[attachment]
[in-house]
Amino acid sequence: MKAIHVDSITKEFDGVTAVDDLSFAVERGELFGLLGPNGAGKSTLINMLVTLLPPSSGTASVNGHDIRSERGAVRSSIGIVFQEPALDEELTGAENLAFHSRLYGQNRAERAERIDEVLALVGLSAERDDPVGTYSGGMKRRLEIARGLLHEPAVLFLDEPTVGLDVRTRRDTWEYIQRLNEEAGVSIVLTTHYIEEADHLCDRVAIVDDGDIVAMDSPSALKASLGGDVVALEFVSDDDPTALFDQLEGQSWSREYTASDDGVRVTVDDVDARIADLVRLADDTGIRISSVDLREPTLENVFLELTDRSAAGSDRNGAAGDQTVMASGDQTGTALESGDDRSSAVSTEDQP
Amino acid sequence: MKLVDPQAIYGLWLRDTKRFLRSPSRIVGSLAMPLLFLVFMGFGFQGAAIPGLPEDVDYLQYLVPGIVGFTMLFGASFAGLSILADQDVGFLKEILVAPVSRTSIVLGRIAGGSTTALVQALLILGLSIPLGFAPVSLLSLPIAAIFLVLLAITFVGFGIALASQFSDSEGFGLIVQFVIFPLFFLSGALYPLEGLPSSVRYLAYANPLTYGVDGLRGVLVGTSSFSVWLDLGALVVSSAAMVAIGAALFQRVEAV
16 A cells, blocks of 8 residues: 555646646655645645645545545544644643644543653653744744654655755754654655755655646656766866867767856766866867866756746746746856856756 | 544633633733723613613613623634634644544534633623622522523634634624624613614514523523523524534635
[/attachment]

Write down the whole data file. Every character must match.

[in-house]
Amino acid sequence: MKAIHVDSITKEFDGVTAVDDLSFAVERGELFGLLGPNGAGKSTLINMLVTLLPPSSGTASVNGHDIRSERGAVRSSIGIVFQEPALDEELTGAENLAFHSRLYGQNRAERAERIDEVLALVGLSAERDDPVGTYSGGMKRRLEIARGLLHEPAVLFLDEPTVGLDVRTRRDTWEYIQRLNEEAGVSIVLTTHYIEEADHLCDRVAIVDDGDIVAMDSPSALKASLGGDVVALEFVSDDDPTALFDQLEGQSWSREYTASDDGVRVTVDDVDARIADLVRLADDTGIRISSVDLREPTLENVFLELTDRSAAGSDRNGAAGDQTVMASGDQTGTALESGDDRSSAVSTEDQP
Amino acid sequence: MKLVDPQAIYGLWLRDTKRFLRSPSRIVGSLAMPLLFLVFMGFGFQGAAIPGLPEDVDYLQYLVPGIVGFTMLFGASFAGLSILADQDVGFLKEILVAPVSRTSIVLGRIAGGSTTALVQALLILGLSIPLGFAPVSLLSLPIAAIFLVLLAITFVGFGIALASQFSDSEGFGLIVQFVIFPLFFLSGALYPLEGLPSSVRYLAYANPLTYGVDGLRGVLVGTSSFSVWLDLGALVVSSAAMVAIGAALFQRVEAV
16 A cells, blocks of 8 residues: 555646646655645645645545545544644643644543653653744744654655755754654655755655646656766866867767856766866867866756746746746856856756 | 544633633733723613613613623634634644544534633623622522523634634624624613614514523523523524534635